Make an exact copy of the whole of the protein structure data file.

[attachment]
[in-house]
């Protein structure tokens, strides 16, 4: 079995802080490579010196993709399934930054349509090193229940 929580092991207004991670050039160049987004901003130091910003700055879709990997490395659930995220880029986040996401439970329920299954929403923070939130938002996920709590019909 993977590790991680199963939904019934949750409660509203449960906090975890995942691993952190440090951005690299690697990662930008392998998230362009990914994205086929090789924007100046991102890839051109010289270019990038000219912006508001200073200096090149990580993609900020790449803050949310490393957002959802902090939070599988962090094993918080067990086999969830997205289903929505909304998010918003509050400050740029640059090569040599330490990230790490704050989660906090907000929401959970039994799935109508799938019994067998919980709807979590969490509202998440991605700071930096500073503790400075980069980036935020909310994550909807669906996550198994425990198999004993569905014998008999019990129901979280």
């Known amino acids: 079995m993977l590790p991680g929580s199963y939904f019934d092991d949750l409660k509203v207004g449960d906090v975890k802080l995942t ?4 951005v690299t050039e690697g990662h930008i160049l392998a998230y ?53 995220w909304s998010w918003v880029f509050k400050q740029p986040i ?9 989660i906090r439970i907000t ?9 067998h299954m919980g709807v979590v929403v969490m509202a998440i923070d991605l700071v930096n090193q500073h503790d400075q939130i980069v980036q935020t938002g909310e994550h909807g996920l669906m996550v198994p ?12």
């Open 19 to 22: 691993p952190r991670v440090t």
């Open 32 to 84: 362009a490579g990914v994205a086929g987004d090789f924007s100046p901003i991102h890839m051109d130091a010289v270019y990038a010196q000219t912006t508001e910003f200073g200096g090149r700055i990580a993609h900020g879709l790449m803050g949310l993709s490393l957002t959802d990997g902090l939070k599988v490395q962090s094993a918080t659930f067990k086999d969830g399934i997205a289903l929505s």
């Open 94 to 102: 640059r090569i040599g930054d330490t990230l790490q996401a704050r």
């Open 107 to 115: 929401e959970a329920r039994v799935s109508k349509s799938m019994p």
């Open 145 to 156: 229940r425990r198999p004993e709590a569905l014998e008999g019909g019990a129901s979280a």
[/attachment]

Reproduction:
[in-house]
């Protein structure tokens, strides 16, 4: 079995802080490579010196993709399934930054349509090193229940 929580092991207004991670050039160049987004901003130091910003700055879709990997490395659930995220880029986040996401439970329920299954929403923070939130938002996920709590019909 993977590790991680199963939904019934949750409660509203449960906090975890995942691993952190440090951005690299690697990662930008392998998230362009990914994205086929090789924007100046991102890839051109010289270019990038000219912006508001200073200096090149990580993609900020790449803050949310490393957002959802902090939070599988962090094993918080067990086999969830997205289903929505909304998010918003509050400050740029640059090569040599330490990230790490704050989660906090907000929401959970039994799935109508799938019994067998919980709807979590969490509202998440991605700071930096500073503790400075980069980036935020909310994550909807669906996550198994425990198999004993569905014998008999019990129901979280």
């Known amino acids: 079995m993977l590790p991680g929580s199963y939904f019934d092991d949750l409660k509203v207004g449960d906090v975890k802080l995942t ?4 951005v690299t050039e690697g990662h930008i160049l392998a998230y ?53 995220w909304s998010w918003v880029f509050k400050q740029p986040i ?9 989660i906090r439970i907000t ?9 067998h299954m919980g709807v979590v929403v969490m509202a998440i923070d991605l700071v930096n090193q500073h503790d400075q939130i980069v980036q935020t938002g909310e994550h909807g996920l669906m996550v198994p ?12």
């Open 19 to 22: 691993p952190r991670v440090t």
């Open 32 to 84: 362009a490579g990914v994205a086929g987004d090789f924007s100046p901003i991102h890839m051109d130091a010289v270019y990038a010196q000219t912006t508001e910003f200073g200096g090149r700055i990580a993609h900020g879709l790449m803050g949310l993709s490393l957002t959802d990997g902090l939070k599988v490395q962090s094993a918080t659930f067990k086999d969830g399934i997205a289903l929505s």
């Open 94 to 102: 640059r090569i040599g930054d330490t990230l790490q996401a704050r």
């Open 107 to 115: 929401e959970a329920r039994v799935s109508k349509s799938m019994p």
């Open 145 to 156: 229940r425990r198999p004993e709590a569905l014998e008999g019909g019990a129901s979280a």